Abstract

Analyses of stream water samples associated with Tertiary (Eocene) sands of the Bracklesham Formation 30–60 km west of London showed numerous occurrences of groundwater containing elevated iron(II) concentrations (1–15 mg/l Fe), which oxidise to red-brown ferrihydrite in localised wetlands and streams and join onward flows towards the River Thames. GIS mapping of iron concentrations in relation to topographical and geological data within a 20×30 km project area indicated some 168 km of iron-contaminated water.

The results are consistent with downward permeation of groundwater through contained Camberley, Windlesham and Bagshot sand horizons and predominant W-E groundwater flow of up to 35 km in the Bagshot horizon, which rests on impermeable London Clay. Glauconite, comprising up to 70% of the sand near the base of the Windlesham horizon, apparently provides the main source of soluble iron in the near-anoxic, near-neutral, conditions normally prevailing. Pyrite is also a possible source, especially where quarrying or other excavation releases water from previously isolated volumes, simultaneously causing elevated sulphate and acidity levels via relatively rapid sulphide oxidation. Mechanisms proposed are underpinned through comparison with reports on analogous systems in the UK and abroad.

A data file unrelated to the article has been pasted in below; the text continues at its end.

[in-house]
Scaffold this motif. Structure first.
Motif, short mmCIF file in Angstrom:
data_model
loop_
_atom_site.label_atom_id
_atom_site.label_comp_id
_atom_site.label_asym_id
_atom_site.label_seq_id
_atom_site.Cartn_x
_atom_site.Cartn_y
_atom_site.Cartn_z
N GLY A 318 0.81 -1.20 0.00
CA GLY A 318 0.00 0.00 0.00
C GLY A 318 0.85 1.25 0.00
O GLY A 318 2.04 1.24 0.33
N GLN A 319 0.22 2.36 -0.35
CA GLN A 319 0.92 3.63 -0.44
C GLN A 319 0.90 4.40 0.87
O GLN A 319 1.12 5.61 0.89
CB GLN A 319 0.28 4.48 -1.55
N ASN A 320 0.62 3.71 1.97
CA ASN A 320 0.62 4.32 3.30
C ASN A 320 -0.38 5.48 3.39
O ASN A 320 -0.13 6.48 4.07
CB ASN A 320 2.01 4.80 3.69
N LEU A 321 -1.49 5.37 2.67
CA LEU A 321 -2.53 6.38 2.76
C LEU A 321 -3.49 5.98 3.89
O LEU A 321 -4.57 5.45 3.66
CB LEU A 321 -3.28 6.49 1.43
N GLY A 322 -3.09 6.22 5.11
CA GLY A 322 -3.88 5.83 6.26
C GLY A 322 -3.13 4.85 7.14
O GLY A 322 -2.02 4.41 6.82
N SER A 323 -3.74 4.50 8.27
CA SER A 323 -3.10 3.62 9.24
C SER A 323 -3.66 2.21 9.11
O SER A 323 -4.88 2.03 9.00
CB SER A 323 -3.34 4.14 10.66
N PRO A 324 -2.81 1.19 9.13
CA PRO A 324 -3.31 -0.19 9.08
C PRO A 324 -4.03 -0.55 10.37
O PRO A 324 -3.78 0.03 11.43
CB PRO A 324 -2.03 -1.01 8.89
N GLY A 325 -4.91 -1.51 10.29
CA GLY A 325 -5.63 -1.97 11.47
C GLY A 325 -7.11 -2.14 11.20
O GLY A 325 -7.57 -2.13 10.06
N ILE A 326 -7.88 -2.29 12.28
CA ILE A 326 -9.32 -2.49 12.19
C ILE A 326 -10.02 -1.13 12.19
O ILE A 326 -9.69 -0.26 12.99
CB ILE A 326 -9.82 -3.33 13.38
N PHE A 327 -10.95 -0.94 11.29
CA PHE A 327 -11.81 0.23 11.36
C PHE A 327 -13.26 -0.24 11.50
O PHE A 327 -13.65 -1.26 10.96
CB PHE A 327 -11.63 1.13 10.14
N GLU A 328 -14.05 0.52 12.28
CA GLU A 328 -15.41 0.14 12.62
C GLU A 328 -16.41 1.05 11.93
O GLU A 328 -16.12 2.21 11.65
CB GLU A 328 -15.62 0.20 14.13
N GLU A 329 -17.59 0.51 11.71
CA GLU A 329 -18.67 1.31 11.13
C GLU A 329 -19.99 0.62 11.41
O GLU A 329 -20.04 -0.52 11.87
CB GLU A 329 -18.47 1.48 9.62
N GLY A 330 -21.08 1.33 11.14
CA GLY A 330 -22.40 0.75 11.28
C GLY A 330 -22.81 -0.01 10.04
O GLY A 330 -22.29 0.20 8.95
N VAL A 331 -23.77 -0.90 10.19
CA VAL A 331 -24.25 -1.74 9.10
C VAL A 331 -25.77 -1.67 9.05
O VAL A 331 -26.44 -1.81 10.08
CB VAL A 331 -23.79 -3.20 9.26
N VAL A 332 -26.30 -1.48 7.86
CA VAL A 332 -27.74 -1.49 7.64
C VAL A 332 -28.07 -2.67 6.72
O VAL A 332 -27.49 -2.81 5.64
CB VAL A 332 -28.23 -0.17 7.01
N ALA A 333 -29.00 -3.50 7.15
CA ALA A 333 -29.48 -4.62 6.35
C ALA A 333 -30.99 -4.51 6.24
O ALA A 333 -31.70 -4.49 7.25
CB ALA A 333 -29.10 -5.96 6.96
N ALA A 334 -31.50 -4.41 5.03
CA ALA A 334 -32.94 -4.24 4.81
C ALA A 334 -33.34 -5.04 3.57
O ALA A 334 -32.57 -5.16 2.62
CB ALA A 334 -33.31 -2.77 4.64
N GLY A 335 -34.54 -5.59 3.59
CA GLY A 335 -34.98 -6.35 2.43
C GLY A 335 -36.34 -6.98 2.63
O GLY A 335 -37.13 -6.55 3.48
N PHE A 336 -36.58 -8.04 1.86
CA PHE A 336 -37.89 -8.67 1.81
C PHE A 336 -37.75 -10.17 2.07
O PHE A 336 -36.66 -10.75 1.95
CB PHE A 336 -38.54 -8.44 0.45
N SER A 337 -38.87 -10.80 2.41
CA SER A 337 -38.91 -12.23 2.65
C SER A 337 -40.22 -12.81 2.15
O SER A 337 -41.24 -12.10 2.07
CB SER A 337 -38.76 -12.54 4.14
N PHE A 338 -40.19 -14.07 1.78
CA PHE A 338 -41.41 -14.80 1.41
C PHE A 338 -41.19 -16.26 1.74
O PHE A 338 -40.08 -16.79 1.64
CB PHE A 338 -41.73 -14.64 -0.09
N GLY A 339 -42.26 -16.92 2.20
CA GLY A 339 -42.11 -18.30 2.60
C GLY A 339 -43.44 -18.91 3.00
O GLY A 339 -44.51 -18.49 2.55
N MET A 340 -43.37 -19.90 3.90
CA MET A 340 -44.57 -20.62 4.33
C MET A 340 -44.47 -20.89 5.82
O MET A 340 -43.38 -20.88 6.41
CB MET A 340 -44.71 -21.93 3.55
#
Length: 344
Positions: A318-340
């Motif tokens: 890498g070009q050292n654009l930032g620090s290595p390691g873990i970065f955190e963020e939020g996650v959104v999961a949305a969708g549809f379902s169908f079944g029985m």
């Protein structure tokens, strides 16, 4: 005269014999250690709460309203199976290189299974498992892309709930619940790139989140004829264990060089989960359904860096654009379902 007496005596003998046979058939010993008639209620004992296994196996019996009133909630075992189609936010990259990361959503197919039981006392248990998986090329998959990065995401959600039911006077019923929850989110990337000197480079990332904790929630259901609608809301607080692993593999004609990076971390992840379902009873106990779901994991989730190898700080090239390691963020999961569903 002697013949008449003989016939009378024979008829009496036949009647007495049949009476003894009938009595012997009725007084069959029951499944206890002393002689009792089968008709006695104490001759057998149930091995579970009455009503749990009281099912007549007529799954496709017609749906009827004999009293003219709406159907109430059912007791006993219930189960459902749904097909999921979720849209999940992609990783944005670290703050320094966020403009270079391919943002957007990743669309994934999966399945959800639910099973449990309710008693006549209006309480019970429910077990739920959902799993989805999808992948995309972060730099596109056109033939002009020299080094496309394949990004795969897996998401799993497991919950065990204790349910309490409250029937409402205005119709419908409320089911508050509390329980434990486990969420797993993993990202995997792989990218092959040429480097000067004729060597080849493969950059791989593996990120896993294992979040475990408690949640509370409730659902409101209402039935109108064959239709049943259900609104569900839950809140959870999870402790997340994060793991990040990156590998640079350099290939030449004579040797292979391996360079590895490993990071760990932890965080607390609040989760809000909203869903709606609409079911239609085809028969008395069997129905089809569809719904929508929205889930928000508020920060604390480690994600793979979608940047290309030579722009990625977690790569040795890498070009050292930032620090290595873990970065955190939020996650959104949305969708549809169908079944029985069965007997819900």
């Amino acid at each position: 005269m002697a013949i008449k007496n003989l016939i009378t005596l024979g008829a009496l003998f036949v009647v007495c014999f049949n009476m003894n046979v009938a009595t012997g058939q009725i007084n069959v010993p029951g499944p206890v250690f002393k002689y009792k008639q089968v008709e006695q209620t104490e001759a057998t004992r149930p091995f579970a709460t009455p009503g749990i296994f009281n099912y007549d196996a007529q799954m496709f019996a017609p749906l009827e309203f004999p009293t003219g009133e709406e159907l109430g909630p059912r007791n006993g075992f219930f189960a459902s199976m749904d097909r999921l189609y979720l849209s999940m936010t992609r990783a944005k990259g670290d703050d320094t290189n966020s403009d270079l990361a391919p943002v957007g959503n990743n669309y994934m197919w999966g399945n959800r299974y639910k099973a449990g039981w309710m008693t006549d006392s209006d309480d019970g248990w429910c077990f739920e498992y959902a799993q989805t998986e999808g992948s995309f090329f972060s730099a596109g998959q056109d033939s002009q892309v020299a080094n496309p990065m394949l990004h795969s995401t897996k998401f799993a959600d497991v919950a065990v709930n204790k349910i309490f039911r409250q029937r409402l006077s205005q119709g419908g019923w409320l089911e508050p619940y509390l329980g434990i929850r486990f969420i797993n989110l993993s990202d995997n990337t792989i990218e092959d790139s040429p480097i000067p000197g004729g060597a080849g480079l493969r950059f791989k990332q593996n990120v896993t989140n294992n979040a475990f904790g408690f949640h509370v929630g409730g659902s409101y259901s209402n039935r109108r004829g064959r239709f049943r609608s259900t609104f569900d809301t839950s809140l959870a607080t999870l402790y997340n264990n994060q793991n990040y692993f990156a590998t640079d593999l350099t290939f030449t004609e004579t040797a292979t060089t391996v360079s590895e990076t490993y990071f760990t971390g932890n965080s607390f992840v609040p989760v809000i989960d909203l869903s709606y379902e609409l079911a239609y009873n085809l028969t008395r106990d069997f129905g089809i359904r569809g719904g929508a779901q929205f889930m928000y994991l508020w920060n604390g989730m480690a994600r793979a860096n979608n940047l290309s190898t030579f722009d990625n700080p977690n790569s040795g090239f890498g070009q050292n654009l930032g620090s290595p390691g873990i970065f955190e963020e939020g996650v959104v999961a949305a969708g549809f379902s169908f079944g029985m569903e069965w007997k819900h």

Streams and lakes in the vicinity of seepages are highly visible and of decreased biodiversity. However, because of their natural origin, they are not subject to the same public concern and environmental control as compositionally similar near-neutral water from many former coal mines elsewhere - where iron derives primarily from pyrite. Also, while comparatively persistent, they appear destined for rapid depletion in geological terms: the unusual isolation of the sands until the Quaternary indicates a short leaching period and suggests a reason why iron-rich water from natural ferruginous sands is seldom of sufficient significance to be reported.

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